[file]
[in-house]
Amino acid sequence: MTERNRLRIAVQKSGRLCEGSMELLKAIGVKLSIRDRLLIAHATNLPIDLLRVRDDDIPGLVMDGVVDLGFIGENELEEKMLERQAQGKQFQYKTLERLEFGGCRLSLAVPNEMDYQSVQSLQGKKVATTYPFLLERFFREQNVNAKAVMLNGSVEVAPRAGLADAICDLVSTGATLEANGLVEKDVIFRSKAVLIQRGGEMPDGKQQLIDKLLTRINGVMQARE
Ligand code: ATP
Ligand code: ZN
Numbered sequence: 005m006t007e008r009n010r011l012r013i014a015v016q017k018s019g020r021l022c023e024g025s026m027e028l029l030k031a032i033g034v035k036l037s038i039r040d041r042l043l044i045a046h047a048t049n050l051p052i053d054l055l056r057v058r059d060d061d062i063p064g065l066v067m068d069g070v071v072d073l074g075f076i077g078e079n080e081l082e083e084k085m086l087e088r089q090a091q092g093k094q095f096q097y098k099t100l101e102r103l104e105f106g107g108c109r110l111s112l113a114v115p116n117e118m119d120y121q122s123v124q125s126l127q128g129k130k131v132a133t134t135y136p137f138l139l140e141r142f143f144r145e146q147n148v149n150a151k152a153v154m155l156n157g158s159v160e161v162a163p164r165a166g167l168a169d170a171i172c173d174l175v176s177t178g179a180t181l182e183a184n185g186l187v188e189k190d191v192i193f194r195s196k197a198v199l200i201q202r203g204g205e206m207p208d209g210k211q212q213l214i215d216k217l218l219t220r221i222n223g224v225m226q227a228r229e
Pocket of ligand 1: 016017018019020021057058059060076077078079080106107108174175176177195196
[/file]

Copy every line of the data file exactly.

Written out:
[in-house]
Amino acid sequence: MTERNRLRIAVQKSGRLCEGSMELLKAIGVKLSIRDRLLIAHATNLPIDLLRVRDDDIPGLVMDGVVDLGFIGENELEEKMLERQAQGKQFQYKTLERLEFGGCRLSLAVPNEMDYQSVQSLQGKKVATTYPFLLERFFREQNVNAKAVMLNGSVEVAPRAGLADAICDLVSTGATLEANGLVEKDVIFRSKAVLIQRGGEMPDGKQQLIDKLLTRINGVMQARE
Ligand code: ATP
Ligand code: ZN
Numbered sequence: 005m006t007e008r009n010r011l012r013i014a015v016q017k018s019g020r021l022c023e024g025s026m027e028l029l030k031a032i033g034v035k036l037s038i039r040d041r042l043l044i045a046h047a048t049n050l051p052i053d054l055l056r057v058r059d060d061d062i063p064g065l066v067m068d069g070v071v072d073l074g075f076i077g078e079n080e081l082e083e084k085m086l087e088r089q090a091q092g093k094q095f096q097y098k099t100l101e102r103l104e105f106g107g108c109r110l111s112l113a114v115p116n117e118m119d120y121q122s123v124q125s126l127q128g129k130k131v132a133t134t135y136p137f138l139l140e141r142f143f144r145e146q147n148v149n150a151k152a153v154m155l156n157g158s159v160e161v162a163p164r165a166g167l168a169d170a171i172c173d174l175v176s177t178g179a180t181l182e183a184n185g186l187v188e189k190d191v192i193f194r195s196k197a198v199l200i201q202r203g204g205e206m207p208d209g210k211q212q213l214i215d216k217l218l219t220r221i222n223g224v225m226q227a228r229e
Pocket of ligand 1: 016017018019020021057058059060076077078079080106107108174175176177195196